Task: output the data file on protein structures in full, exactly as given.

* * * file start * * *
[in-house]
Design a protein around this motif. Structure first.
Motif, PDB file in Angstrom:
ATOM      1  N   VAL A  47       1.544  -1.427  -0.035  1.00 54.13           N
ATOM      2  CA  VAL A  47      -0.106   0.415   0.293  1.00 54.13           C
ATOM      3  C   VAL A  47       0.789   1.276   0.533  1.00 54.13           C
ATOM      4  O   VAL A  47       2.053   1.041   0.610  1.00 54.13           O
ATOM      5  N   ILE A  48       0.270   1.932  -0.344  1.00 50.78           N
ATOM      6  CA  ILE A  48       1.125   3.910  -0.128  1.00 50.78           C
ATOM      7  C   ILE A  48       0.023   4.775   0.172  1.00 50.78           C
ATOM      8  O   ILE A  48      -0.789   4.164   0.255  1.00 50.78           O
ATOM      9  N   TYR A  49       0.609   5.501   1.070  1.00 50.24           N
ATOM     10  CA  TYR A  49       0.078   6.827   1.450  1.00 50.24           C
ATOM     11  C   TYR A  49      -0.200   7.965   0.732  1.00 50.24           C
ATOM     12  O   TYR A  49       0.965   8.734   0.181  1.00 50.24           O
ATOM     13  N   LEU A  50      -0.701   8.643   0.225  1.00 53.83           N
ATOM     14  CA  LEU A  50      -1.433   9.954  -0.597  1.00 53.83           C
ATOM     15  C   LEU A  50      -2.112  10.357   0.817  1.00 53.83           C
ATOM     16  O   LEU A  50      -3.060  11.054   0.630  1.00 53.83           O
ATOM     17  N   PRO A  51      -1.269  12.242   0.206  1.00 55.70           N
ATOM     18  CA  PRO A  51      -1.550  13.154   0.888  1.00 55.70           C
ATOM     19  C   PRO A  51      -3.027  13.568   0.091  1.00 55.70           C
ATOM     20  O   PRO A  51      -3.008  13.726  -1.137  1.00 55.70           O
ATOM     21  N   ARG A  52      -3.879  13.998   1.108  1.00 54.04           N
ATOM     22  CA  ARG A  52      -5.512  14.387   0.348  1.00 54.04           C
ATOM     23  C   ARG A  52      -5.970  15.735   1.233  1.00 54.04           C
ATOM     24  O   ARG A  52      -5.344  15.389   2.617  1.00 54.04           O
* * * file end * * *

[in-house]
Design a protein around this motif. Structure first.
Motif, PDB file in Angstrom:
ATOM      1  N   VAL A  47       1.544  -1.427  -0.035  1.00 54.13           N
ATOM      2  CA  VAL A  47      -0.106   0.415   0.293  1.00 54.13           C
ATOM      3  C   VAL A  47       0.789   1.276   0.533  1.00 54.13           C
ATOM      4  O   VAL A  47       2.053   1.041   0.610  1.00 54.13           O
ATOM      5  N   ILE A  48       0.270   1.932  -0.344  1.00 50.78           N
ATOM      6  CA  ILE A  48       1.125   3.910  -0.128  1.00 50.78           C
ATOM      7  C   ILE A  48       0.023   4.775   0.172  1.00 50.78           C
ATOM      8  O   ILE A  48      -0.789   4.164   0.255  1.00 50.78           O
ATOM      9  N   TYR A  49       0.609   5.501   1.070  1.00 50.24           N
ATOM     10  CA  TYR A  49       0.078   6.827   1.450  1.00 50.24           C
ATOM     11  C   TYR A  49      -0.200   7.965   0.732  1.00 50.24           C
ATOM     12  O   TYR A  49       0.965   8.734   0.181  1.00 50.24           O
ATOM     13  N   LEU A  50      -0.701   8.643   0.225  1.00 53.83           N
ATOM     14  CA  LEU A  50      -1.433   9.954  -0.597  1.00 53.83           C
ATOM     15  C   LEU A  50      -2.112  10.357   0.817  1.00 53.83           C
ATOM     16  O   LEU A  50      -3.060  11.054   0.630  1.00 53.83           O
ATOM     17  N   PRO A  51      -1.269  12.242   0.206  1.00 55.70           N
ATOM     18  CA  PRO A  51      -1.550  13.154   0.888  1.00 55.70           C
ATOM     19  C   PRO A  51      -3.027  13.568   0.091  1.00 55.70           C
ATOM     20  O   PRO A  51      -3.008  13.726  -1.137  1.00 55.70           O
ATOM     21  N   ARG A  52      -3.879  13.998   1.108  1.00 54.04           N
ATOM     22  CA  ARG A  52      -5.512  14.387   0.348  1.00 54.04           C
ATOM     23  C   ARG A  52      -5.970  15.735   1.233  1.00 54.04           C
ATOM     24  O   ARG A  52      -5.344  15.389   2.617  1.00 54.04           O